December 1, 1934.
Appeal from Board of Tax Appeals.
Petition by the Old Colony Trust Company of Boston, executor under the will of Vredenburgh Minot, deceased, to review a decision of the Board of Tax Appeals redetermining a deficiency in the tax imposed by the Commissioner of Internal Revenue.
Alfred P. Lowell, of Boston, Mass., for petitioner for review.
Arnold Raum, Sp. Asst. to Atty. Gen. (Frank J. Wideman, Asst. Atty. Gen., and Sewall Key, Sp. Asst. to Atty. Gen., on the brief), for the Commissioner of Internal Revenue.
Before BINGHAM, WILSON, and MORTON, Circuit Judges.
This is a petition by the Massachusetts executor of Vredenburgh Minot to review a decision by the Board of Tax Appeals which affirmed the Commissioner's action in holding certain trust funds taxable as part of the decedent's estate.
The question is whether a residuary bequest in common form in Minot's will operated as an execution of powers of appointment which he held over two trust funds. The executor's first contention is that the powers were not exercised and the corpus of the funds did not pass as part of the estate. In the settlement of the estate this same controversy, whether the powers had been exercised, arose and was settled by an agreement between the interested parties. The executor's second contention is that in any event only so much of the trust fund should be taxed as was recognized by this settlement agreement as being part of the estate. On both points the Commissioner decided against the executor.
The decedent was a resident of California at the time of his death and his estate was probated there. Whether the powers were exercised by him is however to be determined by the law of Massachusetts where the donor was domiciled, where the trusts were established by deed and by will, and where the trustees were and are resident. Russell v. Joys, 227 Mass. 263, at page 267, 116 N.E. 549; Hogarth-Swann v. Weed, 274 Mass. 125, 174 N.E. 314. For many years it has been the settled law in Massachusetts "that a general residuary devise will operate as an execution of a power to dispose of property by will, unless there is something to show that such was not the testator's intention." C. Allen, J., Cumston v. Bartlett, 149 Mass. 243, at page 248, 21 N.E. 373. See, too, Russell v. Joys, supra, where the rule is re-stated. "The rule that a general devise may constitute an exercise of a power of appointment * * * is limited to cases where there is nothing in the will to show a contrary intention." Carroll, J., Ames v. Ames, 244 Mass. 381, at page 390, 138 N.E. 845, 848. "* * * The question is in every case a question of the intention of the donee of the power, taking into consideration not only the terms of his will, but the circumstances surrounding him at the time of its execution. * * *" Gray, J., Sewall v. Wilmer, 132 Mass. 131, 134.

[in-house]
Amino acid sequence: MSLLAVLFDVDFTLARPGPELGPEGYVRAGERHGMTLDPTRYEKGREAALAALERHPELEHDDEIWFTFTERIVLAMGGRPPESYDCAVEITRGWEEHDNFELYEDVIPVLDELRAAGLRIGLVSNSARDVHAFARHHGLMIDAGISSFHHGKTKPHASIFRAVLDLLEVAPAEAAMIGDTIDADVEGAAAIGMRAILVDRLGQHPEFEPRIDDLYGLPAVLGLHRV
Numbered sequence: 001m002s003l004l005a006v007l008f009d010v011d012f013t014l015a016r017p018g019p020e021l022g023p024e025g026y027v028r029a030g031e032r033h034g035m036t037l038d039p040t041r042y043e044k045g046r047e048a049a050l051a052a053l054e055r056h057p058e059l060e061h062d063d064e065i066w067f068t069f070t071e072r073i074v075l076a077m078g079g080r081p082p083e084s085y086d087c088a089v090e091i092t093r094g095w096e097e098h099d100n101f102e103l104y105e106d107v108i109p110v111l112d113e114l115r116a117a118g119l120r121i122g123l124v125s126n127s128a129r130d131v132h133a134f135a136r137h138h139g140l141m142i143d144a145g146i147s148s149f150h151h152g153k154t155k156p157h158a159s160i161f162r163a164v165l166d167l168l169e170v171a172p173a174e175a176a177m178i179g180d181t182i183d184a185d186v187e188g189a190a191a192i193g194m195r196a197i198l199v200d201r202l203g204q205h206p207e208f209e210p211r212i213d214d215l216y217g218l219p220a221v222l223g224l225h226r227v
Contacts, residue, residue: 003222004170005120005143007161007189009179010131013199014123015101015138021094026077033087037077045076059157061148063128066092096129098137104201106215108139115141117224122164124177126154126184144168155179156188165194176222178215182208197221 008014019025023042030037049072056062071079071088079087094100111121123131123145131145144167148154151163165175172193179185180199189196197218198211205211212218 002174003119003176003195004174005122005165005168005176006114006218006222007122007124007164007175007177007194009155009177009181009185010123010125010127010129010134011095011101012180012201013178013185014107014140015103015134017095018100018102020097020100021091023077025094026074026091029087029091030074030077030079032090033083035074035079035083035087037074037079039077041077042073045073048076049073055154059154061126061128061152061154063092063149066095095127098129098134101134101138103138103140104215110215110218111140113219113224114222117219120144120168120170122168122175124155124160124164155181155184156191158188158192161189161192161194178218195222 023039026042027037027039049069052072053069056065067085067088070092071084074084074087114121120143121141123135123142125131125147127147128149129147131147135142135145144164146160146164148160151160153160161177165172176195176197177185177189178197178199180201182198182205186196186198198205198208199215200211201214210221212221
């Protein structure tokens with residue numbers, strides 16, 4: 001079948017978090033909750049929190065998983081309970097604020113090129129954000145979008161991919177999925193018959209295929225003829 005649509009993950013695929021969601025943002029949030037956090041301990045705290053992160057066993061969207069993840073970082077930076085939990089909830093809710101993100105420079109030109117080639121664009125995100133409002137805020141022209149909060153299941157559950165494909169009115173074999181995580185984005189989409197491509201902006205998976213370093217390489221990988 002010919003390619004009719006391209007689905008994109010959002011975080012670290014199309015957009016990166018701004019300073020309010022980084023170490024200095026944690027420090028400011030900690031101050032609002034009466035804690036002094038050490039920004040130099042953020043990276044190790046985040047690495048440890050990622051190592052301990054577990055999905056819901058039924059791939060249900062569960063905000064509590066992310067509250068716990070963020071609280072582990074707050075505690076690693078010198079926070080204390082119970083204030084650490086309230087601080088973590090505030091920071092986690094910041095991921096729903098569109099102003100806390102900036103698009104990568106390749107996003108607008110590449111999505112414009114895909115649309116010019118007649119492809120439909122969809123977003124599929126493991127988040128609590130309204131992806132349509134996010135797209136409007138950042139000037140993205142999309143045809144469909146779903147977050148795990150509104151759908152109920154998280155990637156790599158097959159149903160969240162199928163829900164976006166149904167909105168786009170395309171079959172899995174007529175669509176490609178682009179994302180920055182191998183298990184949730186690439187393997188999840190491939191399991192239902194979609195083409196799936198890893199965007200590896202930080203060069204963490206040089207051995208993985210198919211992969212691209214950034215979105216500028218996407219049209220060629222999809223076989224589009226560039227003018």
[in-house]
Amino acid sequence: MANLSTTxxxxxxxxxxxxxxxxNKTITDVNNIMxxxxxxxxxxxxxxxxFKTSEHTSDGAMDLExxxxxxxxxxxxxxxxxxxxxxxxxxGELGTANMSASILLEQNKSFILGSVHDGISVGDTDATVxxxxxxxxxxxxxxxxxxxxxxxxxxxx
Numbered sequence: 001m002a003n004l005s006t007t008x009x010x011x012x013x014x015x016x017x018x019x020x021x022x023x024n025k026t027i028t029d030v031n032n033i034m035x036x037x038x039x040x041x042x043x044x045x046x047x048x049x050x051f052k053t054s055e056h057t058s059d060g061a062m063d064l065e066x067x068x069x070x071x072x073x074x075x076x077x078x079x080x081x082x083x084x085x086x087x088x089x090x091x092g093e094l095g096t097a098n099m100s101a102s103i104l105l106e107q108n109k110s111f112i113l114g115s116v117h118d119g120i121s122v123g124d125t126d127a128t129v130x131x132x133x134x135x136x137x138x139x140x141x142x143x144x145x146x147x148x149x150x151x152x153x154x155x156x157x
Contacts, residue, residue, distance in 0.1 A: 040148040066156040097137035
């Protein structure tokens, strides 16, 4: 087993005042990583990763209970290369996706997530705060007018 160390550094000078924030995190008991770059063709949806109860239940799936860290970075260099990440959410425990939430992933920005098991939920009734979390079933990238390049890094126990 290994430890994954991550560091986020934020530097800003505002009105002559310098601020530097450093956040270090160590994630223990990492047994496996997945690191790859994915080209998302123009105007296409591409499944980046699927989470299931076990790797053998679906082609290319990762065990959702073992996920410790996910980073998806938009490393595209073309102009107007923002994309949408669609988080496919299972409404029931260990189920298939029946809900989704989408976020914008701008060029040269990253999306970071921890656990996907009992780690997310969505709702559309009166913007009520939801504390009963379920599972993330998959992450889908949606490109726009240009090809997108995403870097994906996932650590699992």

So the precise question is whether it appears from the will when read in the light of its surrounding circumstances that the decedent did not intend to exercise the powers. Vredenburgh Minot died in 1928 domiciled as has been said in California. In 1900 his father, William Minot, whose domicile was in Massachusetts, conveyed certain property to trustees there on trust to pay the income to his children for life, with the right to each child to appoint by will his or her share of the trust fund. Later in the same year the father died and by his will left the residue of his estate in trust upon substantially the same terms except that as to this testamentary trust the trustees were authorized in their discretion to withhold the income of any child and add it to his share of the principal. Both trusts were duly set up and are those here in question. This was the situation in 1918 when the decedent made the will in question. He was then 30 years old and does not appear to have had any substantial amount of property except his interest in the trust funds.